April 30, 2021, 3:00 p.m. ET
By Jorge G. Castañeda
Dr. Castañeda is a political scientist and a frequent commentator of U.S. relations with Mexico and Latin America. He was foreign minister of Mexico from 2000 to 2003. His most recent book is America Through Foreign Eyes.
MEXICO CITY — There is no easy way to manage migration from Mexico and Central America. Not during times of economic downturn and especially not during a global pandemic. This is true for both Mexico and United States. It’s true whether the American administration is a decent and progressive one like that of President Biden or a nativist and reactionary one like that of former President Donald Trump.
The forces pushing or pulling people to leave their homes and migrate north have existed and evolved for decades. The issue has been a nightmare for American presidents to address, which, in turn, implies a horror show for Mexican and Central American governments.
What complicates this conundrum for Mr. Biden is the current reality in Mexico — a far worse than what Bill Clinton, George W. Bush, Barack Obama and even Mr. Trump had to deal with. Mexico’s president, Andrés Manuel López Obrador, known as AMLO, is mismanaging every facet of his country’s situation, from the pandemic to the economy, the high rates of crime and violence, the deterioration of democratic institutions, and the rule of law and human rights.
The Biden administration, working at cross-purposes with its own agenda and long-term interests in human rights and democracy, has cut a shortsighted deal with Mexico to address the “child crisis” immediately south of the border by stemming migration with the continuation of some of the Trump’s era policies. This was no uncomplicated feat, as it required Mr. Biden to win AMLO’s cooperation, and “cooperating,” in this diplomatic exercise, is often a euphemism for doing America’s dirty work.
In exchange for Mr. López Obrador’s collaboration, Mr. Biden’s government has failed to criticize his growing authoritarianism. That’s disappointing and could spell trouble for Mexico. With a weakened opposition, a terrified judicial branch, a corrupt military (that can be bought off by huge contracts for everything from airports to A.T.M.s), an intimidated elite and a disorganized civil society, the only political element left for AMLO to contain is Washington.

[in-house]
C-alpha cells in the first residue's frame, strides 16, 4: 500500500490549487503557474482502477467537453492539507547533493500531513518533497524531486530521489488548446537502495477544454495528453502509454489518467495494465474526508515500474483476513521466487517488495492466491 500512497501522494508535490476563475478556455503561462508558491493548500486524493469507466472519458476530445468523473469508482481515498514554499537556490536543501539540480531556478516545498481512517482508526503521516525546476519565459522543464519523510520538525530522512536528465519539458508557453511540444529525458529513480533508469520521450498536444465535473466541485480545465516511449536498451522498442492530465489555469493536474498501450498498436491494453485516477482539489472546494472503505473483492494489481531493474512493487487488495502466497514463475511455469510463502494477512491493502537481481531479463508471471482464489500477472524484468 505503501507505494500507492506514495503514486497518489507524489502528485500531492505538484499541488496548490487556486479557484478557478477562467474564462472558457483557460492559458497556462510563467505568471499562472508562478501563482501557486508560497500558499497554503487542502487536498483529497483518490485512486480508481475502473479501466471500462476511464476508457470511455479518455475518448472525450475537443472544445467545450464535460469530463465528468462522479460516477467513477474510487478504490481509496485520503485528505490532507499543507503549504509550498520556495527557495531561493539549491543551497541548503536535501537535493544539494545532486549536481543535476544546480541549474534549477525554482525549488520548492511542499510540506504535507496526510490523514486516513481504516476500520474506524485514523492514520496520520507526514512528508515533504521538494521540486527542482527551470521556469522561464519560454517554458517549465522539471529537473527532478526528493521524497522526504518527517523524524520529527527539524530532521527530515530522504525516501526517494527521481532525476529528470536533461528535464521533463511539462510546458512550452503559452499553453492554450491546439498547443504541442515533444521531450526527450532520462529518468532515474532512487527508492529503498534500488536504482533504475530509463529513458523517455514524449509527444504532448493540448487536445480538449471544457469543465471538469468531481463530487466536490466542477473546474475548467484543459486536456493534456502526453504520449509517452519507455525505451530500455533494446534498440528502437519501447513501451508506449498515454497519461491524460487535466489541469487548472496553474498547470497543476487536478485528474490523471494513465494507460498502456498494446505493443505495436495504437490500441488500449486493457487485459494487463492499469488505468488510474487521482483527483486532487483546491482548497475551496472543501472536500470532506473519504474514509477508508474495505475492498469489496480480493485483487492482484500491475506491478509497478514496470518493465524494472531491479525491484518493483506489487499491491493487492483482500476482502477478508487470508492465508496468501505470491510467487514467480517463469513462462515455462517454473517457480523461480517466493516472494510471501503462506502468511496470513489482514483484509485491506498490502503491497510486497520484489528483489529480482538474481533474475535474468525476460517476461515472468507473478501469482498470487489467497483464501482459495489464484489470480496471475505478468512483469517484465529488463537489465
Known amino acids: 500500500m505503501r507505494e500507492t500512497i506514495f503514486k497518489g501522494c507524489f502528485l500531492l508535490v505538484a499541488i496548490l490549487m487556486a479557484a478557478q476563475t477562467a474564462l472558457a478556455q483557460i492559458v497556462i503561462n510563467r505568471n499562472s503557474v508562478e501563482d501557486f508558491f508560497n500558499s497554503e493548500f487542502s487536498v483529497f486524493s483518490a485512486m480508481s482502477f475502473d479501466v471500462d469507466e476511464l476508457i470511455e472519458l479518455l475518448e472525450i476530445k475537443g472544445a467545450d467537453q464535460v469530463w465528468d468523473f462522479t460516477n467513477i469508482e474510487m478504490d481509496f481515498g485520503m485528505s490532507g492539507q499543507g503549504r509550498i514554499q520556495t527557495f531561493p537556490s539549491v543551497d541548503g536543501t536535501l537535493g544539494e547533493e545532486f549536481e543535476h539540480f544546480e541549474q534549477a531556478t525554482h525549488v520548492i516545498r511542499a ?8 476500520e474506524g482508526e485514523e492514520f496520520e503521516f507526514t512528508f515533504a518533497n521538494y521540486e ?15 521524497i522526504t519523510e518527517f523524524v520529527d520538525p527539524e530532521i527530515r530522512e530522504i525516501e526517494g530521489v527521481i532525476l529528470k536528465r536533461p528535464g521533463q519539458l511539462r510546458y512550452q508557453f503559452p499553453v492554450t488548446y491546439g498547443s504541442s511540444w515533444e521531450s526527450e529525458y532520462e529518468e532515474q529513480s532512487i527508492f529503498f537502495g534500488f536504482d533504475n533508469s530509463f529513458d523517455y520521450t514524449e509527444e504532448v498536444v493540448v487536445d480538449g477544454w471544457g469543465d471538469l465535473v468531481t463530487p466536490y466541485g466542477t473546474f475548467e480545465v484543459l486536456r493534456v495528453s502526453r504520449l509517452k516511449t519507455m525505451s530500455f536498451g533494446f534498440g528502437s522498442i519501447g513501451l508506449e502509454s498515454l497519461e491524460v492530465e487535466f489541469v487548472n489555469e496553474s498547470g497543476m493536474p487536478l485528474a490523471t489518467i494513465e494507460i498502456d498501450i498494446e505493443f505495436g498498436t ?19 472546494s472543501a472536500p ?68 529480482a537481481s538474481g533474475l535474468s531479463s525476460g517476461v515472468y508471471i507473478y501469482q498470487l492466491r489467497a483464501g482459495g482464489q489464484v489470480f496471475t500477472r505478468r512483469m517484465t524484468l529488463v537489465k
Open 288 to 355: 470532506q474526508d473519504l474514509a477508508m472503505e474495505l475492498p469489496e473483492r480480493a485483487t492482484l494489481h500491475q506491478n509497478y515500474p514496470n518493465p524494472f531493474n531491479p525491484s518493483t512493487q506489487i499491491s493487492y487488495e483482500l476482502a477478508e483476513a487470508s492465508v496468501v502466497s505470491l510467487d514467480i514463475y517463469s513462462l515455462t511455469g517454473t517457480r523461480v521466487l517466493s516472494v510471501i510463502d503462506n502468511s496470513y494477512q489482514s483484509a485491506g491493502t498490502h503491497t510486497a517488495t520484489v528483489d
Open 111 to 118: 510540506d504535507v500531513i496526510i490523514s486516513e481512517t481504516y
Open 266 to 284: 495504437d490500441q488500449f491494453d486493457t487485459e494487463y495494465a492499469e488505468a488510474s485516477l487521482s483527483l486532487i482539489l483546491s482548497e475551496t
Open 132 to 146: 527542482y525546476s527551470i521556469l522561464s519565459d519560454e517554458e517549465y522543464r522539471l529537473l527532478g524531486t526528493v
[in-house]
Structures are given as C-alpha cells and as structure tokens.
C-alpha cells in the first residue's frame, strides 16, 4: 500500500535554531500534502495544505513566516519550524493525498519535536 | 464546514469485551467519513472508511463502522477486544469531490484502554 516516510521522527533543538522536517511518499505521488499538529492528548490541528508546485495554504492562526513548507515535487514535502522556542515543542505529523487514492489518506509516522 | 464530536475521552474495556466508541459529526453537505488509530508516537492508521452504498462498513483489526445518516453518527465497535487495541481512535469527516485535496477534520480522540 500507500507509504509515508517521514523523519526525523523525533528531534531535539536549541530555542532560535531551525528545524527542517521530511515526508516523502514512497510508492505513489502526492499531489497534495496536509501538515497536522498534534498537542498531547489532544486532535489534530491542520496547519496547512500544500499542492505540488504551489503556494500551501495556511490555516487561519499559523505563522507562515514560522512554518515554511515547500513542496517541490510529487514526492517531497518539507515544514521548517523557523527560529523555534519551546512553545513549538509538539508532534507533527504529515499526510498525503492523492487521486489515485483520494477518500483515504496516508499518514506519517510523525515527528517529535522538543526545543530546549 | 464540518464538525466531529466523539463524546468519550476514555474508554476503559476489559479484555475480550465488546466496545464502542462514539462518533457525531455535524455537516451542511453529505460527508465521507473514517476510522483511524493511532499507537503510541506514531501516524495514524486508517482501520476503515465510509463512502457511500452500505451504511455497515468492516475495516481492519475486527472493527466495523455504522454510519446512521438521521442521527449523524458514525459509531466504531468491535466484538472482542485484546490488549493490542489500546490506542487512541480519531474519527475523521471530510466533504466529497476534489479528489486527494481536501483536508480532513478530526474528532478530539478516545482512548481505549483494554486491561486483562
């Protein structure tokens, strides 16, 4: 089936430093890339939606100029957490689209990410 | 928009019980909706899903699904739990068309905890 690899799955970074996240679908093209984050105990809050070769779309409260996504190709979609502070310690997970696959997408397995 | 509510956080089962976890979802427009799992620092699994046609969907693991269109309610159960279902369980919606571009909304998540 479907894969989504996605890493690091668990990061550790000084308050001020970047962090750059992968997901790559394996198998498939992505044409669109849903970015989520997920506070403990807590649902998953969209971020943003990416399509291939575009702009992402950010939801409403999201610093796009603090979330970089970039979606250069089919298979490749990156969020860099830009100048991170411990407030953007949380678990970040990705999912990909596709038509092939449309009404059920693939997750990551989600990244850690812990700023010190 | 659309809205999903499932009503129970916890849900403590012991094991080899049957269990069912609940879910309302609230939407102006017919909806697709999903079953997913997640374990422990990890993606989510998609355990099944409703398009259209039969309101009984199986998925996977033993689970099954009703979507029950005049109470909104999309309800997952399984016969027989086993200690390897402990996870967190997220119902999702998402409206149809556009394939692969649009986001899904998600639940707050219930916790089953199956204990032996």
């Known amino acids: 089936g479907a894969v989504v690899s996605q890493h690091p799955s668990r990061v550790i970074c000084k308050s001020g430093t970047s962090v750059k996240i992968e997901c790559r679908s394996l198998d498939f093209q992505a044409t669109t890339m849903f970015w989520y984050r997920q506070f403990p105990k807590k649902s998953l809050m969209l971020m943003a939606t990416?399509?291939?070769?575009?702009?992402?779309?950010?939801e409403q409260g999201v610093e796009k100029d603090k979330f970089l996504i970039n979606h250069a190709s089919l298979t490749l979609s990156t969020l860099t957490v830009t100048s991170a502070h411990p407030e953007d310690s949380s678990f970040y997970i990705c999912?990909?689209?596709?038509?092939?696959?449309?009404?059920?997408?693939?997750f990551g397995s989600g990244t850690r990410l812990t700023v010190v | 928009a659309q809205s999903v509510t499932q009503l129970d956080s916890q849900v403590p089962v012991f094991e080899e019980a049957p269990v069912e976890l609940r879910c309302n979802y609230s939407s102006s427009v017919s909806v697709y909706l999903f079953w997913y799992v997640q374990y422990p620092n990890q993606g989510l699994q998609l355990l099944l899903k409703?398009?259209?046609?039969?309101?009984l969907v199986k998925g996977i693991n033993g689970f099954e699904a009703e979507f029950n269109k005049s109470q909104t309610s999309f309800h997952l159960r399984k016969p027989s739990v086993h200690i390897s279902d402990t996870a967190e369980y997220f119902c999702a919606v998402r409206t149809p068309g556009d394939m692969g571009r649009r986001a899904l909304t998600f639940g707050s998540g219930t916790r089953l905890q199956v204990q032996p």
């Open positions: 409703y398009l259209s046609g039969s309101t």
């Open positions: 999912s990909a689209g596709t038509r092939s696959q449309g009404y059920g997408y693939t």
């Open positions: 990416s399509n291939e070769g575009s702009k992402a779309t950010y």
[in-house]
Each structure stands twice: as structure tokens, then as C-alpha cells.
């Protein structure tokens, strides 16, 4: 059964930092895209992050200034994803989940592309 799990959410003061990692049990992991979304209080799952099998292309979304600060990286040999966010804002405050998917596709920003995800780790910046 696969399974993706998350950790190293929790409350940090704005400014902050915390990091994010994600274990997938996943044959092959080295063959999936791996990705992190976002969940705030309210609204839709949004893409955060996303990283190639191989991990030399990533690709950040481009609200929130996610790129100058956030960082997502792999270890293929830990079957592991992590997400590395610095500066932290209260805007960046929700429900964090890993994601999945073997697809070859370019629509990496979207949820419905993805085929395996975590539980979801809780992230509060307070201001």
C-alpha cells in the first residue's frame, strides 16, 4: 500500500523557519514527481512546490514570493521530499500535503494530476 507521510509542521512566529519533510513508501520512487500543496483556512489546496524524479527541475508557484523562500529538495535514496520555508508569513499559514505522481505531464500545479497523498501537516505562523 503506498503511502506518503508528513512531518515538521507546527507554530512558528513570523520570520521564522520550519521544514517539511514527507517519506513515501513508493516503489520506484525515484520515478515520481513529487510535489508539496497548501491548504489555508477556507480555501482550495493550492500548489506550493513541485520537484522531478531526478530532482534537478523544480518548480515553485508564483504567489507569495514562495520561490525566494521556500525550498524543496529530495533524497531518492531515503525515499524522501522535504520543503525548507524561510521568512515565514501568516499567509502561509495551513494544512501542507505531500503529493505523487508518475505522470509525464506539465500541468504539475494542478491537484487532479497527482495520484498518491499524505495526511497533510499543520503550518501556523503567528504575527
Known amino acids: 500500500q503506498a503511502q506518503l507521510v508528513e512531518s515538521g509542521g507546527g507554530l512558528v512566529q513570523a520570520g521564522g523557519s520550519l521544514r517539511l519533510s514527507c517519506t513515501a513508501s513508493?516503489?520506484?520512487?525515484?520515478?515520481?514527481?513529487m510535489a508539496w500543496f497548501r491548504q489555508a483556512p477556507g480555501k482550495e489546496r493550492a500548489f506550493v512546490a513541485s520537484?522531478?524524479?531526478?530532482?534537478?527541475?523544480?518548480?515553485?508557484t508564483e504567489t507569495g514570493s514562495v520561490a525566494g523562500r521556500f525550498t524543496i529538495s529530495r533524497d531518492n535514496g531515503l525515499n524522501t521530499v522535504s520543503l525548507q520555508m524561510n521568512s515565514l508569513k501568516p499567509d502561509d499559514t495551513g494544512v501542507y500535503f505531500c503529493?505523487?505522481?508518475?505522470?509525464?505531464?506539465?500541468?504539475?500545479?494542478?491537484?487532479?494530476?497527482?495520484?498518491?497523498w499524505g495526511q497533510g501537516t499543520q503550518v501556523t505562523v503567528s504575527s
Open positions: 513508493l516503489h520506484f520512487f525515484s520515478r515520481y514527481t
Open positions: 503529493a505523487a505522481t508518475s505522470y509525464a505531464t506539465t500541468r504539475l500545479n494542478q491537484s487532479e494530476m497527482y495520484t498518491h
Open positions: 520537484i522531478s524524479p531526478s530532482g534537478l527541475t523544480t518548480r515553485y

So far, the Biden administration has been reluctant to speak out on bilateral agenda items of legitimate concern like macroeconomic management, renewable energy and the rule of law. U.S. officials fear doing so may offend Mr. López Obrador and undermine his willingness to help address the rising number of children arriving at the border.
In a nutshell, President Biden has sacrificed principle for expediency. He has effectively given Mr. López Obrador a free pass to continue his illiberal rule, a steep price to pay for his cooperation. The approach ties the crisis at the border to the political crisis in Mexico. The only way to change matters is to call Mr. López Obrador out on his abuses, such as threatening electoral authorities, singling out highbrow publications or backing the extension of the Supreme Court chief justice’s term by two years, a move that critics call unconstitutional. Mr. Biden should not allow the short-term mess at the border to eclipse the need for long-term stability in Mexico.
Mr. Biden’s myopic approach, not dissimilar from his predecessor’s, comes amid a surge of migrants from Mexico entering the United States without authorization. It could continue for years. The increase in Mexican male migrants is the real challenge. According to Mexico’s National Population Council, 1.5 million Mexicans migrated to the United States between 2016 and 2020. The number of Mexicans leaving their country primarily to seek jobs north has risen significantly since the middle of last year.
That figure is most likely an underestimate, since many people, single men particularly, make several attempts to cross the border.